CEOs rolling in money and stock options
The average pay packet of a CEO at a US company has risen to a staggering $9.6 million a year.
In a sign that the rich truly are getting richer - the bumper bank-boosting figure is 6 per cent higher than last year’s average, according to data from executive pay research firm Equilar of the Standard & Poor’s top 500.
Your typical American worker, on the other hand, on a median average of $39,300 per annum, would have to work away for up to 244 years to make that much money.
Top dog is believed to be the handsomely rewarded Apple CEO Tim Cook, whose pay package was valued at an unbelievable $378 million when he became the iPad maker’s supremo in August - though that was almost entirely made up of stock awards.
That’s become an increasingly common trend as firm’s trim cash bonuses but hand out more in stock - which is often tied to company performance and is intended to motivate CEOs to make sure the organisation does well.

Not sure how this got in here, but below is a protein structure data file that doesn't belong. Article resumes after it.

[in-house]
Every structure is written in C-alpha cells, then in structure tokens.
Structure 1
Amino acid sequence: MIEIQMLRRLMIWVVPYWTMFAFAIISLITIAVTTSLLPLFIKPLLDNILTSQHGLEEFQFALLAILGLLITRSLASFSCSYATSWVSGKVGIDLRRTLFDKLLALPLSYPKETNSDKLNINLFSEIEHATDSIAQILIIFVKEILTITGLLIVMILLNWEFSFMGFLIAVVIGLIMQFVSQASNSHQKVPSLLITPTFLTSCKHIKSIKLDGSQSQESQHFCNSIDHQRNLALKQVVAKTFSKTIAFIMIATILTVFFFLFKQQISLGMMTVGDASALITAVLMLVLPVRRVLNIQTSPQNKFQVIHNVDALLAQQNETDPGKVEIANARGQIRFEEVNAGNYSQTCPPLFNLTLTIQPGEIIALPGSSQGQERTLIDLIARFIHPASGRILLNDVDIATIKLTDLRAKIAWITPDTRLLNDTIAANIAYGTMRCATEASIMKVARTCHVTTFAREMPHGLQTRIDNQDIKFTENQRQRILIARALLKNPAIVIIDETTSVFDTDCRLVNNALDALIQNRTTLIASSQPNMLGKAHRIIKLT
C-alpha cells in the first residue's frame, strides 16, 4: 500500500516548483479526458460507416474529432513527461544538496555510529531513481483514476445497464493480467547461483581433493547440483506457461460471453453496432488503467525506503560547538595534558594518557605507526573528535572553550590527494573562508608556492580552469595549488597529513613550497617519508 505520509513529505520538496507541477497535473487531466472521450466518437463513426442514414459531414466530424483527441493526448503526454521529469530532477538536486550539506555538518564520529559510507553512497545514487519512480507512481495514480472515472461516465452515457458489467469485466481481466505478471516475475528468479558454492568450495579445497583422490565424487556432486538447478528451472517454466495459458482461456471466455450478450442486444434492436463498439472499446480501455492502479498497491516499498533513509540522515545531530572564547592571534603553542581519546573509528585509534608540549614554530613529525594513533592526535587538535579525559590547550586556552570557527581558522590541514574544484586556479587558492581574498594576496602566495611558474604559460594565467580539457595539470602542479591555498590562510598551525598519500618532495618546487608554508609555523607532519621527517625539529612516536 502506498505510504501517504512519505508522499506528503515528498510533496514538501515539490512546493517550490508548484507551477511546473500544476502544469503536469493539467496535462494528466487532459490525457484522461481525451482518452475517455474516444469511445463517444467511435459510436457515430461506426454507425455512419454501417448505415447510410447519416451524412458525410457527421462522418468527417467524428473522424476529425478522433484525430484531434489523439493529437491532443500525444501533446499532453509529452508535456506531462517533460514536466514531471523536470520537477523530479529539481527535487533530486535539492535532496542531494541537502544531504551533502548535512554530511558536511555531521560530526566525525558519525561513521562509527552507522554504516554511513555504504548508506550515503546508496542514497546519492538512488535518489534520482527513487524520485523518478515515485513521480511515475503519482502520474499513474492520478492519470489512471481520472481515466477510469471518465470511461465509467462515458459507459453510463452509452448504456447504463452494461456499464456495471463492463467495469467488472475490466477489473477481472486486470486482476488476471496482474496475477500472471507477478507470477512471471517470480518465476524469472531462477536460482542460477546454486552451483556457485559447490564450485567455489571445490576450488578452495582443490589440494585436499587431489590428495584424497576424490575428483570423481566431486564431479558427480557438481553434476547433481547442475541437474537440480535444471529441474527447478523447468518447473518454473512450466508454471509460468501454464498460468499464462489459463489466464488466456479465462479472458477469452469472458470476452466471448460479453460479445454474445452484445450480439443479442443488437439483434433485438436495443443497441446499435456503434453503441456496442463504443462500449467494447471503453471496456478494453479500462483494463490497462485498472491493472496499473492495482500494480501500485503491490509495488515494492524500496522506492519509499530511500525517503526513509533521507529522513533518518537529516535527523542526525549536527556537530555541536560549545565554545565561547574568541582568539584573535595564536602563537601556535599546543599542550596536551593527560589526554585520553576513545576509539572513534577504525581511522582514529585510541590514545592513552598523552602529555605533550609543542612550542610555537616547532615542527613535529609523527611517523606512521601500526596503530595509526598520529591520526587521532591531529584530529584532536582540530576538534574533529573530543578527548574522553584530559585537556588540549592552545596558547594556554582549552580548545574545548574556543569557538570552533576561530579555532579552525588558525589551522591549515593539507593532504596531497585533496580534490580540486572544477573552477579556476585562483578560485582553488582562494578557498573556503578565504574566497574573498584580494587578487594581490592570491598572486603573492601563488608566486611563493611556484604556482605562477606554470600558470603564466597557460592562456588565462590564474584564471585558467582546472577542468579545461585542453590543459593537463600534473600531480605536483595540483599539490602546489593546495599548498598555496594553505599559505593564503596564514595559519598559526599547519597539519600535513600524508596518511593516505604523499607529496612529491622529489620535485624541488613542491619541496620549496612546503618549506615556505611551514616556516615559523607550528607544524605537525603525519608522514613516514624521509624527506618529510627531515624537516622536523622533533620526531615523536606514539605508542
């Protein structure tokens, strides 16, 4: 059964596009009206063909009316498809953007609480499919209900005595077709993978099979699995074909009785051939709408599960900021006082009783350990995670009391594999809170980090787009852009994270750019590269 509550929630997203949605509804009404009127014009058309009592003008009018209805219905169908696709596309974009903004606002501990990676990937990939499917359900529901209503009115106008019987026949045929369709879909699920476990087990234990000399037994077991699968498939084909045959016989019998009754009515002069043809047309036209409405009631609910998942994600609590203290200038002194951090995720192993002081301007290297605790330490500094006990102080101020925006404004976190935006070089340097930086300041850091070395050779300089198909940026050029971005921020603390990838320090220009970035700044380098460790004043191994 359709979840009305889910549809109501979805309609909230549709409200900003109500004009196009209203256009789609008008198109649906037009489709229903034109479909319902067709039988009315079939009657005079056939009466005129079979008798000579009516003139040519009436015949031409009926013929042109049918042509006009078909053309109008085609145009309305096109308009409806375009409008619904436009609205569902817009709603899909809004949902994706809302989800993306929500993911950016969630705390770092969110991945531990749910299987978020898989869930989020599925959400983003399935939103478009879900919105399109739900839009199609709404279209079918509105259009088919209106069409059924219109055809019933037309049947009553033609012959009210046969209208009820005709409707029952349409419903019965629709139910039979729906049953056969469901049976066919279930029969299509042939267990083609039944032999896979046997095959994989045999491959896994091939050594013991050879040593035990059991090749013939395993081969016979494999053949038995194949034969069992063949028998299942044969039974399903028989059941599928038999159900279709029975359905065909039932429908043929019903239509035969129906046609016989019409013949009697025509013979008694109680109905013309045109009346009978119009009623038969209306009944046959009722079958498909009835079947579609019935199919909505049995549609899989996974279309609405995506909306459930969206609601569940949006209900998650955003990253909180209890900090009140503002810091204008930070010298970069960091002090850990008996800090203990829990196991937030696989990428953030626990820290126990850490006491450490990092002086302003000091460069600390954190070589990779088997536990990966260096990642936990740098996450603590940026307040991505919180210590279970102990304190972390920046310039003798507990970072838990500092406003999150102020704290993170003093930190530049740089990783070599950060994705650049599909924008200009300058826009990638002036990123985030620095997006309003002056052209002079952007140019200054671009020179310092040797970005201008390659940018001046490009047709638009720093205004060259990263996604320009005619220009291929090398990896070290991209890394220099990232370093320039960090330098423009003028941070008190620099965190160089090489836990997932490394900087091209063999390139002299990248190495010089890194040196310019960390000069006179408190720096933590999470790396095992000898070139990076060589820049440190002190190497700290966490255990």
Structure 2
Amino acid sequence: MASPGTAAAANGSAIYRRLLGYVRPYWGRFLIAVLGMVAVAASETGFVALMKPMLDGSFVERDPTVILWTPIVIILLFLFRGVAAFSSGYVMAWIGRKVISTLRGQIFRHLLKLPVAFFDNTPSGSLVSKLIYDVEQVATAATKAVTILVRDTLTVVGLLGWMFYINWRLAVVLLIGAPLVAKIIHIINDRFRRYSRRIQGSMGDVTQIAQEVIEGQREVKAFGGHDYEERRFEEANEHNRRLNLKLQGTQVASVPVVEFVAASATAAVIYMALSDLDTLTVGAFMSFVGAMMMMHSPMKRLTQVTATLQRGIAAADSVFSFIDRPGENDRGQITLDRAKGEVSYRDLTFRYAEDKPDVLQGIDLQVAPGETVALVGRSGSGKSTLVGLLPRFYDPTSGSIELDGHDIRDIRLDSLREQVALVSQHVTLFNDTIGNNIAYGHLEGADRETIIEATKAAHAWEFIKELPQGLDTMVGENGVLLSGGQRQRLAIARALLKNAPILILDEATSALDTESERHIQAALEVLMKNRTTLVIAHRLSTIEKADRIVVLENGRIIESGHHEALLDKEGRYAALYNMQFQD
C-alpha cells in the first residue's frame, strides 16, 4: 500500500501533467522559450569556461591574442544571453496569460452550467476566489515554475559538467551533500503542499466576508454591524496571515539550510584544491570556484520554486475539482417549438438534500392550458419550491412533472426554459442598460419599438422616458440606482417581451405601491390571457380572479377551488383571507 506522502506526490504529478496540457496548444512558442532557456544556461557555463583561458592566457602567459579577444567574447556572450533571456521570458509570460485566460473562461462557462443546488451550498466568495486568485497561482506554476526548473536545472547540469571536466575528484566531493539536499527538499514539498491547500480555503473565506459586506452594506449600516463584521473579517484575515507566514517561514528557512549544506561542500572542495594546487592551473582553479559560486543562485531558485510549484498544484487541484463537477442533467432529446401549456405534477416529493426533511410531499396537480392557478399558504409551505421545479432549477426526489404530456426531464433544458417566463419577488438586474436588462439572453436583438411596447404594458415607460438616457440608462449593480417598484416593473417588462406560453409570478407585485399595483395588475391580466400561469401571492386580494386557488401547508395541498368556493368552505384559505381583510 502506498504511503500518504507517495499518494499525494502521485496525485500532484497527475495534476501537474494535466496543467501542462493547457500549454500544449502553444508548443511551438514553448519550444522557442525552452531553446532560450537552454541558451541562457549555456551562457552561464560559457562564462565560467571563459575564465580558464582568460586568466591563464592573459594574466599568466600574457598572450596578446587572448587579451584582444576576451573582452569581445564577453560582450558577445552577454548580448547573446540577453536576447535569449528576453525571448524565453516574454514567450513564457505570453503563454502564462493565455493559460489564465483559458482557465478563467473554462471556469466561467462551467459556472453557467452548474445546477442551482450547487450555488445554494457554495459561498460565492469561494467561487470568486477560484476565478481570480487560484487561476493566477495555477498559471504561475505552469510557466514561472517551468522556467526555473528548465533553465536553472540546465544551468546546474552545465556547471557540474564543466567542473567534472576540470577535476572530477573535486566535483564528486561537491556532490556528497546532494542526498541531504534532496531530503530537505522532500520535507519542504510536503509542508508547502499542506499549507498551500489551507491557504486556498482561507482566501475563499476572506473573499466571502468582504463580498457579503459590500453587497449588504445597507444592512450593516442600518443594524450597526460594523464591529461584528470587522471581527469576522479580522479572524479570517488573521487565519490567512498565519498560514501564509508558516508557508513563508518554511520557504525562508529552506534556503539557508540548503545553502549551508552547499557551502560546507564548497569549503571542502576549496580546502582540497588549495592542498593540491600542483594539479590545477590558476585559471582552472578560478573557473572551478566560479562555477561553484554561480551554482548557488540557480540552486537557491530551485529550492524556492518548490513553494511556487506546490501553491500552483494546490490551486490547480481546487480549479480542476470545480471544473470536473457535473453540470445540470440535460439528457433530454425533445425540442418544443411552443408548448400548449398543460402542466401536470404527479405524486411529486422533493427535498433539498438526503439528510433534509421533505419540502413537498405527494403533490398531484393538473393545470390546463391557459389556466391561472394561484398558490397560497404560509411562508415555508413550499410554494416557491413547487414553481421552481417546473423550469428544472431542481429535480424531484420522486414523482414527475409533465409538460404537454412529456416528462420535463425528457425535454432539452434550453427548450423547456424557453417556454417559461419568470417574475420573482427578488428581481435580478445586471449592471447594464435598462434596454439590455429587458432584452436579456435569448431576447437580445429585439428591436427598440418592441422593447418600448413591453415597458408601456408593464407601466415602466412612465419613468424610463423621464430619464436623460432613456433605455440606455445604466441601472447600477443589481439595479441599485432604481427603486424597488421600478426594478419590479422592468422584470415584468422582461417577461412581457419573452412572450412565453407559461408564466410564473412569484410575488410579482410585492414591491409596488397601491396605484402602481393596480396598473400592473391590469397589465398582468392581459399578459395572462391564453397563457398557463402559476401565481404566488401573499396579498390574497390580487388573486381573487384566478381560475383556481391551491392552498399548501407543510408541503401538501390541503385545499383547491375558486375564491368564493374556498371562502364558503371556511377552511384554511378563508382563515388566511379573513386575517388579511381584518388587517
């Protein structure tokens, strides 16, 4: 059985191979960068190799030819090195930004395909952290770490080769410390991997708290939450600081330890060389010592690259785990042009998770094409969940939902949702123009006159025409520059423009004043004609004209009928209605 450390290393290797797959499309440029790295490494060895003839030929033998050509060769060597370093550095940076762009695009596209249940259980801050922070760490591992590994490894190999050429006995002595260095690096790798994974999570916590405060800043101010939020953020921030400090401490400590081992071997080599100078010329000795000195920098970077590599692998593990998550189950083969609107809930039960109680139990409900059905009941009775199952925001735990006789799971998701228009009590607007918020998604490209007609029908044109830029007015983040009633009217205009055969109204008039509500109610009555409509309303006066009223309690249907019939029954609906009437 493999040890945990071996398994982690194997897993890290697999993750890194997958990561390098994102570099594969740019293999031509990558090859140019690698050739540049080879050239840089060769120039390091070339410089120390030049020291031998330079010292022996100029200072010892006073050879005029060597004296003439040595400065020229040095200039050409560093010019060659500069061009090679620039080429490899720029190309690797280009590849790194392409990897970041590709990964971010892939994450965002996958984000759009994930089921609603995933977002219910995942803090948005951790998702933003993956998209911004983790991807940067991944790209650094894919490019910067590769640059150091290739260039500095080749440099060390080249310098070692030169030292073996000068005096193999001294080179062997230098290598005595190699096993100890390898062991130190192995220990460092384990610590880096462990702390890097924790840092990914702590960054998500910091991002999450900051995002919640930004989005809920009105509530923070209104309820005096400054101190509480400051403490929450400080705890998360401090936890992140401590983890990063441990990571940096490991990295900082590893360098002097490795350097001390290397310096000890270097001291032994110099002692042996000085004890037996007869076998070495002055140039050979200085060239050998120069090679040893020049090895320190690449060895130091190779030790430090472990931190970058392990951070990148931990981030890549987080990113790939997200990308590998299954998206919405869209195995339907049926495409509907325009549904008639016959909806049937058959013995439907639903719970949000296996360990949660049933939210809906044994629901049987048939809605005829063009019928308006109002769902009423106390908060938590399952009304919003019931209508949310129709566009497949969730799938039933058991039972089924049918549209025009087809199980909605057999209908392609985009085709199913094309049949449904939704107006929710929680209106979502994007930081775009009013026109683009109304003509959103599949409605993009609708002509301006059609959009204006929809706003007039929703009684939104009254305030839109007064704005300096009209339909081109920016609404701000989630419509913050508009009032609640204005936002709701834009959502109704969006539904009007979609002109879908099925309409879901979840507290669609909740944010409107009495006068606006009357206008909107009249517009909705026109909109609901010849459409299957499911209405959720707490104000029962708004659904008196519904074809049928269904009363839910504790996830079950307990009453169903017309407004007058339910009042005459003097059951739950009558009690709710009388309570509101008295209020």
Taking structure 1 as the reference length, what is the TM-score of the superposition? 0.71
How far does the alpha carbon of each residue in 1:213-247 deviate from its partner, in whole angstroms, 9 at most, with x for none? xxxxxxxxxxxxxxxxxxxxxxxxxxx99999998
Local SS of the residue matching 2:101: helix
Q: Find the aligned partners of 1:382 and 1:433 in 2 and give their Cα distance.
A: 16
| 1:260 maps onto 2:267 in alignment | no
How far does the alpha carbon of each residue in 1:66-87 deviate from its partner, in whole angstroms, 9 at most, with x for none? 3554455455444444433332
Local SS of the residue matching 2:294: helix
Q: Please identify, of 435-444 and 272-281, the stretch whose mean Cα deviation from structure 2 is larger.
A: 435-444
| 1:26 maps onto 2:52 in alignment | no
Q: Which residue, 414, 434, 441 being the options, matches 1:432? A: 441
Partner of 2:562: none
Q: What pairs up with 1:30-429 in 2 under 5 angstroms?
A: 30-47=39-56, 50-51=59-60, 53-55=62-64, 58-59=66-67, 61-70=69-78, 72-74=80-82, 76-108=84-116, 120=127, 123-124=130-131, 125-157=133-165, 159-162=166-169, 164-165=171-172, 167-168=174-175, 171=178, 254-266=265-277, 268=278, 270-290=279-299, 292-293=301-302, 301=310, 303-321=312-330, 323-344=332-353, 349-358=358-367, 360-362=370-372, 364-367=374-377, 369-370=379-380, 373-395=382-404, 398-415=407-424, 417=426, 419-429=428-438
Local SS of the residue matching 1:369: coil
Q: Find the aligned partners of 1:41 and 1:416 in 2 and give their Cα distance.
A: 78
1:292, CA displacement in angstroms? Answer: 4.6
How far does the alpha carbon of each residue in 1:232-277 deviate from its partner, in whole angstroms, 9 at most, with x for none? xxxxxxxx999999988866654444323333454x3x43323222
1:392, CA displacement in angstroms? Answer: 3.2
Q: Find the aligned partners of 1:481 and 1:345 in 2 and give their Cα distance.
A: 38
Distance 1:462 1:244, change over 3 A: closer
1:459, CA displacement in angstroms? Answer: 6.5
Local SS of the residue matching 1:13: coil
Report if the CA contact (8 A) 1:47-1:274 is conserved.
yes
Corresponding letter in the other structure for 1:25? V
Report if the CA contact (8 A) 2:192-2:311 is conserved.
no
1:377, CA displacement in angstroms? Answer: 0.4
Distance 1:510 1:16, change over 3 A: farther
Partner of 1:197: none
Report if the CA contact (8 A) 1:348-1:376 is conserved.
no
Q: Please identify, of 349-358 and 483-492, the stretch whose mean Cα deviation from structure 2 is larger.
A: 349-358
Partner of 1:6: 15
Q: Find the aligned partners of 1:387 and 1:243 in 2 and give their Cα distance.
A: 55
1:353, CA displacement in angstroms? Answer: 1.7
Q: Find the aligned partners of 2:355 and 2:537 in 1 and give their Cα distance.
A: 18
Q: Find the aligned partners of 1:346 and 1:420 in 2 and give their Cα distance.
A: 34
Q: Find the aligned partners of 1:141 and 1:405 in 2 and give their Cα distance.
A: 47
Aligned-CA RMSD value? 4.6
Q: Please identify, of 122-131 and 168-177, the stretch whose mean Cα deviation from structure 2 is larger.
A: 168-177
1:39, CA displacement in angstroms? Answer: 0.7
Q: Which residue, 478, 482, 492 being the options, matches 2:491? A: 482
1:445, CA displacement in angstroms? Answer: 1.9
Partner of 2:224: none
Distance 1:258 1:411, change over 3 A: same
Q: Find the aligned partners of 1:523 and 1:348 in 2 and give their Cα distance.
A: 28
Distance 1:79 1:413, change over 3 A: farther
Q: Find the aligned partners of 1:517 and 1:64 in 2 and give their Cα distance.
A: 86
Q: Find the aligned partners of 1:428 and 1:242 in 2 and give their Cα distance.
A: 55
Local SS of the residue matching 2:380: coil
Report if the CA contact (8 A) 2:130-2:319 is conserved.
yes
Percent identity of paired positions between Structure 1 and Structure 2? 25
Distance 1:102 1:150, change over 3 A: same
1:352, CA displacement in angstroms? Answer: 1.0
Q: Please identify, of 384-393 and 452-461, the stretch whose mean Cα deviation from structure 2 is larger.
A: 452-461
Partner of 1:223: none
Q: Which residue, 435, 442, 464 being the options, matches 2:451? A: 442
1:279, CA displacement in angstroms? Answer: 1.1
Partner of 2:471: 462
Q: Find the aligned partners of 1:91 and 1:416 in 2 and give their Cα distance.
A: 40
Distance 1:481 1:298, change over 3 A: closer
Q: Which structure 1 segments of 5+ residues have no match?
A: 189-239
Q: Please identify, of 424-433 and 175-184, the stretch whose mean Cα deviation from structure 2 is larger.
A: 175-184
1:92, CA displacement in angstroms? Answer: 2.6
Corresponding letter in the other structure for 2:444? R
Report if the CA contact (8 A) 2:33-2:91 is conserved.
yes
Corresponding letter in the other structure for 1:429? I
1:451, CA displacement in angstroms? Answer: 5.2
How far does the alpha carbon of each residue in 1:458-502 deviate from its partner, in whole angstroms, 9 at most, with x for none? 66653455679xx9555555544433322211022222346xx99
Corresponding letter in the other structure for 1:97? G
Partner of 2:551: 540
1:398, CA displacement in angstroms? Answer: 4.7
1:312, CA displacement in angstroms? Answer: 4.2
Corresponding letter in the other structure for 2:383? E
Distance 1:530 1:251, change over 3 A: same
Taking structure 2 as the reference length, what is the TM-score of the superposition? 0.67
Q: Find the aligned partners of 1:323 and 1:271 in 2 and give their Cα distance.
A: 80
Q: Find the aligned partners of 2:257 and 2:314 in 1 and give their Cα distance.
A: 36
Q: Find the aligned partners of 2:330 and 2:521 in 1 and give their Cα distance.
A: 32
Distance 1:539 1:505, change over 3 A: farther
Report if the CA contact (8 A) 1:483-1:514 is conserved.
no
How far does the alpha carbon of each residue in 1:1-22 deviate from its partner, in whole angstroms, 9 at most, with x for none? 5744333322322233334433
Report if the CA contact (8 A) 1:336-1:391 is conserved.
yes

The typical CEO got average stock awards worth $3.6 million in 2011, up 11 per cent from the year before – but cash bonuses did fall 7 per cent, to $2 million.
For many ordinary workers and shareholders though, the fact that the gap between those at the top and the rest shows no sign of changing - and will likely increase - is a massive worry.
“It’s just that total (compensation) is going up - and that’s where the problem lies,” said Charles Elson, who is
director of the Weinberg Centre for Corporate Governance at the University of Delaware.
For too long, activists say, CEOs have been richly rewarded no matter how a company has fared - “pay for pulse,” as some critics call it.
However, there are some signs well-heeled CEOs are actually being made to work their socks off for their pocket-laden packages. Booz & Company’s 12th annual CEO study has revealed top dog turnover at the world’s largest 2,500 public companies has returned to rates seen during the pre-recession years.
In 2011, 14.2 per cent of CEOs at the world’s largest companies were replaced - sharply higher than the 11.6 per cent in the crisis year of 2010.